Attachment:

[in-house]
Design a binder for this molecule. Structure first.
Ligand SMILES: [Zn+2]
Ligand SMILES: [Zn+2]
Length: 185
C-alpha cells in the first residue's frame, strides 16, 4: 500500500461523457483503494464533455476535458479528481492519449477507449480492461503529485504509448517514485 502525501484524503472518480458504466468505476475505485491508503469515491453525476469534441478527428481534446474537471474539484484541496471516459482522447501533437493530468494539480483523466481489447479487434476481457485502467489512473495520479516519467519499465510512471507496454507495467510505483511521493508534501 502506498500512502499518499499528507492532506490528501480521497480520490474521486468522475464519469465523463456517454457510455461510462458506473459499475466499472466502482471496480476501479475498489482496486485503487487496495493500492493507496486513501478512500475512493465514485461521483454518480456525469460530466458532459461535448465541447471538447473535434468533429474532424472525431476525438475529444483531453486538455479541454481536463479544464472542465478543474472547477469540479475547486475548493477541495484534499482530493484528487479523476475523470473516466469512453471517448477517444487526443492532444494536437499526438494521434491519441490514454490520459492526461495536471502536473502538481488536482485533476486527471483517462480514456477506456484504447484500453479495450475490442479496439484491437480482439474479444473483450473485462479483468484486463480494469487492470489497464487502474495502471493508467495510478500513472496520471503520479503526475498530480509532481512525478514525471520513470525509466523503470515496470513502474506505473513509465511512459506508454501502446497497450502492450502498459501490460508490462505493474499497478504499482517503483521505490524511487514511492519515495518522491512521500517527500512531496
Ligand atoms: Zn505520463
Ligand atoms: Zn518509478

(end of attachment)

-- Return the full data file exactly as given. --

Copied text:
[in-house]
Design a binder for this molecule. Structure first.
Ligand SMILES: [Zn+2]
Ligand SMILES: [Zn+2]
Length: 185
C-alpha cells in the first residue's frame, strides 16, 4: 500500500461523457483503494464533455476535458479528481492519449477507449480492461503529485504509448517514485 502525501484524503472518480458504466468505476475505485491508503469515491453525476469534441478527428481534446474537471474539484484541496471516459482522447501533437493530468494539480483523466481489447479487434476481457485502467489512473495520479516519467519499465510512471507496454507495467510505483511521493508534501 502506498500512502499518499499528507492532506490528501480521497480520490474521486468522475464519469465523463456517454457510455461510462458506473459499475466499472466502482471496480476501479475498489482496486485503487487496495493500492493507496486513501478512500475512493465514485461521483454518480456525469460530466458532459461535448465541447471538447473535434468533429474532424472525431476525438475529444483531453486538455479541454481536463479544464472542465478543474472547477469540479475547486475548493477541495484534499482530493484528487479523476475523470473516466469512453471517448477517444487526443492532444494536437499526438494521434491519441490514454490520459492526461495536471502536473502538481488536482485533476486527471483517462480514456477506456484504447484500453479495450475490442479496439484491437480482439474479444473483450473485462479483468484486463480494469487492470489497464487502474495502471493508467495510478500513472496520471503520479503526475498530480509532481512525478514525471520513470525509466523503470515496470513502474506505473513509465511512459506508454501502446497497450502492450502498459501490460508490462505493474499497478504499482517503483521505490524511487514511492519515495518522491512521500517527500512531496
Ligand atoms: Zn505520463
Ligand atoms: Zn518509478